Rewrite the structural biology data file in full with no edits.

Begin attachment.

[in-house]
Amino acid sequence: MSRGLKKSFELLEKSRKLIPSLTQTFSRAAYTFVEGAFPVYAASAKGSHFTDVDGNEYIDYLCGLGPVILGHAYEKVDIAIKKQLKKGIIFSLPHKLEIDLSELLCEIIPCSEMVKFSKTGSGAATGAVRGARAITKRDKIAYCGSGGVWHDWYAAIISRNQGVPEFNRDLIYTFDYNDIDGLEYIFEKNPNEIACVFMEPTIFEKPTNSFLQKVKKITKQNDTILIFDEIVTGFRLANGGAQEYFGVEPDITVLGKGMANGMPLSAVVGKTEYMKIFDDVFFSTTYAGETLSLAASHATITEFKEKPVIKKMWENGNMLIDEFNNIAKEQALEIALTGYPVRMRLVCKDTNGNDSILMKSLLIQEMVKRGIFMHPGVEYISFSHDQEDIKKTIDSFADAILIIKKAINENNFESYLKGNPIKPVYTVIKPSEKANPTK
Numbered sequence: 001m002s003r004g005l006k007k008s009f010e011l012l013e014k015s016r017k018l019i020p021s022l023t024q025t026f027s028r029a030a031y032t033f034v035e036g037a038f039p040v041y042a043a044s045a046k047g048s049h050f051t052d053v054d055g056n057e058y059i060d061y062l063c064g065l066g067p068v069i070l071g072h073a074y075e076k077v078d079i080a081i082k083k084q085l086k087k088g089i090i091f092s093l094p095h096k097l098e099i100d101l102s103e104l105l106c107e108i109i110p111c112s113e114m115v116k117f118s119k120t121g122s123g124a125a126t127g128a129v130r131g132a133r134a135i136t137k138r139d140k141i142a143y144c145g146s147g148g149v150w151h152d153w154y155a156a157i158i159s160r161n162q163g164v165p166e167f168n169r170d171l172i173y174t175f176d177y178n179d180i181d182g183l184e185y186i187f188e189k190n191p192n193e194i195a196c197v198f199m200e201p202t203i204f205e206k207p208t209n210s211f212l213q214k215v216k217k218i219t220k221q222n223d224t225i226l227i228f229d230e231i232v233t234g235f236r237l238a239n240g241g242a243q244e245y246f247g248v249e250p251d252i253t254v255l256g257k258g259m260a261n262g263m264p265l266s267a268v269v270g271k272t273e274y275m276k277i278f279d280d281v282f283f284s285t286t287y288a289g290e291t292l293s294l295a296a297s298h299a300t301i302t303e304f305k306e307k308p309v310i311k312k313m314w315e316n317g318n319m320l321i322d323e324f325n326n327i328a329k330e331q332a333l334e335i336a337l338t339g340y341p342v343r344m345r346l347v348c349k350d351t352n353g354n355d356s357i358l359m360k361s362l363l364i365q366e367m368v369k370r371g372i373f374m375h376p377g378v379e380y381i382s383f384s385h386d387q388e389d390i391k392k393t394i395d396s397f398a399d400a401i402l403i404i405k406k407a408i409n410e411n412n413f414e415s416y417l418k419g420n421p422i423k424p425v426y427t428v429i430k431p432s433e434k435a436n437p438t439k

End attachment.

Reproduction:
[in-house]
Amino acid sequence: MSRGLKKSFELLEKSRKLIPSLTQTFSRAAYTFVEGAFPVYAASAKGSHFTDVDGNEYIDYLCGLGPVILGHAYEKVDIAIKKQLKKGIIFSLPHKLEIDLSELLCEIIPCSEMVKFSKTGSGAATGAVRGARAITKRDKIAYCGSGGVWHDWYAAIISRNQGVPEFNRDLIYTFDYNDIDGLEYIFEKNPNEIACVFMEPTIFEKPTNSFLQKVKKITKQNDTILIFDEIVTGFRLANGGAQEYFGVEPDITVLGKGMANGMPLSAVVGKTEYMKIFDDVFFSTTYAGETLSLAASHATITEFKEKPVIKKMWENGNMLIDEFNNIAKEQALEIALTGYPVRMRLVCKDTNGNDSILMKSLLIQEMVKRGIFMHPGVEYISFSHDQEDIKKTIDSFADAILIIKKAINENNFESYLKGNPIKPVYTVIKPSEKANPTK
Numbered sequence: 001m002s003r004g005l006k007k008s009f010e011l012l013e014k015s016r017k018l019i020p021s022l023t024q025t026f027s028r029a030a031y032t033f034v035e036g037a038f039p040v041y042a043a044s045a046k047g048s049h050f051t052d053v054d055g056n057e058y059i060d061y062l063c064g065l066g067p068v069i070l071g072h073a074y075e076k077v078d079i080a081i082k083k084q085l086k087k088g089i090i091f092s093l094p095h096k097l098e099i100d101l102s103e104l105l106c107e108i109i110p111c112s113e114m115v116k117f118s119k120t121g122s123g124a125a126t127g128a129v130r131g132a133r134a135i136t137k138r139d140k141i142a143y144c145g146s147g148g149v150w151h152d153w154y155a156a157i158i159s160r161n162q163g164v165p166e167f168n169r170d171l172i173y174t175f176d177y178n179d180i181d182g183l184e185y186i187f188e189k190n191p192n193e194i195a196c197v198f199m200e201p202t203i204f205e206k207p208t209n210s211f212l213q214k215v216k217k218i219t220k221q222n223d224t225i226l227i228f229d230e231i232v233t234g235f236r237l238a239n240g241g242a243q244e245y246f247g248v249e250p251d252i253t254v255l256g257k258g259m260a261n262g263m264p265l266s267a268v269v270g271k272t273e274y275m276k277i278f279d280d281v282f283f284s285t286t287y288a289g290e291t292l293s294l295a296a297s298h299a300t301i302t303e304f305k306e307k308p309v310i311k312k313m314w315e316n317g318n319m320l321i322d323e324f325n326n327i328a329k330e331q332a333l334e335i336a337l338t339g340y341p342v343r344m345r346l347v348c349k350d351t352n353g354n355d356s357i358l359m360k361s362l363l364i365q366e367m368v369k370r371g372i373f374m375h376p377g378v379e380y381i382s383f384s385h386d387q388e389d390i391k392k393t394i395d396s397f398a399d400a401i402l403i404i405k406k407a408i409n410e411n412n413f414e415s416y417l418k419g420n421p422i423k424p425v426y427t428v429i430k431p432s433e434k435a436n437p438t439k